A statement from Rick Wion, the companies social media director, seems proud that the hashtag was not up longer than it was, and says that because they caught it only 2% of tweets regarding McDonald’s that day included #McDStories. There were still more than 1,600 tweets that were mostly unfavorable. Ignoring stories of rats, broken teeth, and food poisoning will do very little to help the companies public relations- especially the fact that there have been no apologies made to those people.

Twitter can be a highly useful tool for companies, but McDonald’s is only asking for stories instead of interacting with their customers. An apology through Twitter is worth much more than no apology at all, and McDonald’s failed to acknowledge their mistakes in any way besides stopping the promotion of #McDStories.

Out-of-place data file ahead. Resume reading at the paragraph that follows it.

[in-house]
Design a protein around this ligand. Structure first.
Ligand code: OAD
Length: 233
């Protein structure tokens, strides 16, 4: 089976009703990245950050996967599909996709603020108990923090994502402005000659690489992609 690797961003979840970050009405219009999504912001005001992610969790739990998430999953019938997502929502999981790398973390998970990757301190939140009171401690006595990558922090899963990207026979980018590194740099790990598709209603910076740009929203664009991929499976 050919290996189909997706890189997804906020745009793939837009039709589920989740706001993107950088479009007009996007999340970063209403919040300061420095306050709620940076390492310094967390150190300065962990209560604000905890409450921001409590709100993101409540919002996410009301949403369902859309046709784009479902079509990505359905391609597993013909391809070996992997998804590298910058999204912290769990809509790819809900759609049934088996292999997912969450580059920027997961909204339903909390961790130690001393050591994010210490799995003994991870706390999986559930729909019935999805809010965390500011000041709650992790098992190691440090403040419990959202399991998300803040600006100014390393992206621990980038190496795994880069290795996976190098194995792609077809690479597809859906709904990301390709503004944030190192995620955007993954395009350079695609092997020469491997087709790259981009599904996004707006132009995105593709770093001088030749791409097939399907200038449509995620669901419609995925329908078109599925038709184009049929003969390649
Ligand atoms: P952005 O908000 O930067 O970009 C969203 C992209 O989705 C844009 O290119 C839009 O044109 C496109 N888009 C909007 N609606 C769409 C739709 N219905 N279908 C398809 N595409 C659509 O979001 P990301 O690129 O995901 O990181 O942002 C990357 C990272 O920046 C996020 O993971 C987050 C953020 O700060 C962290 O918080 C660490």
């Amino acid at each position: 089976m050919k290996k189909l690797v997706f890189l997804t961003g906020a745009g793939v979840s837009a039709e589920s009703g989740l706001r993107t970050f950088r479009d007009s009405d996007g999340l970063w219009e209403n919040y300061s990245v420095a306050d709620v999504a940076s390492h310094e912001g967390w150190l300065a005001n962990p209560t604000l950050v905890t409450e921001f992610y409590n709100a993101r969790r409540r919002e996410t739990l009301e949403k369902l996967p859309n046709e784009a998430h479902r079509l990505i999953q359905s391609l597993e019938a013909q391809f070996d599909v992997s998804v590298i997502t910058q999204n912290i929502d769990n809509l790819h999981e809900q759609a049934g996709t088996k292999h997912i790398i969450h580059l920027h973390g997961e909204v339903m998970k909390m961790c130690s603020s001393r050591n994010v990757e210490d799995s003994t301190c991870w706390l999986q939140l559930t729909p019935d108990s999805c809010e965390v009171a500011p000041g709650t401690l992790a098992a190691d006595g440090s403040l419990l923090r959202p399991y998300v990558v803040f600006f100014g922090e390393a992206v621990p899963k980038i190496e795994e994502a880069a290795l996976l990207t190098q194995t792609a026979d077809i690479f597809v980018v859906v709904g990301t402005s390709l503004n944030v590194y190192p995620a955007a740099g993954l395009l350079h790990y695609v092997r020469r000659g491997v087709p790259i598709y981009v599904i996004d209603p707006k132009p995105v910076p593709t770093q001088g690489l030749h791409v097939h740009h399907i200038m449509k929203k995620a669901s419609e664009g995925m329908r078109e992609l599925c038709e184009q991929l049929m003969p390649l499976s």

Pinning is “Nothing But Good”

A short background…


I was introduced to Pinterest about 5 months ago. My brother’s girlfriend had been going on about how fun it was, and shortly after I discovered one of my coworkers was also an addict. It wasn’t long before I heard girls on campus talking about pinning things. One night when I was house sitting and totally bored I decided I’d find out what exactly Pinterest is, and why all these girls were so obsessed with it.

In the sites own words, “Pinterest lets you organize and share all the beautiful things you find on the web. People use pinboards to plan their weddings, decorate their homes, and organize their favorite recipes.”

Initially after creating my boards I thought it was really silly, but treated it like Twitter and gave it a shot anyway (note* I still think Twitter is a silly place, but I get it now). I won’t call myself obsessed, but I go on Pinterest at least once a day now, if for no other reason than to see what other people are looking at.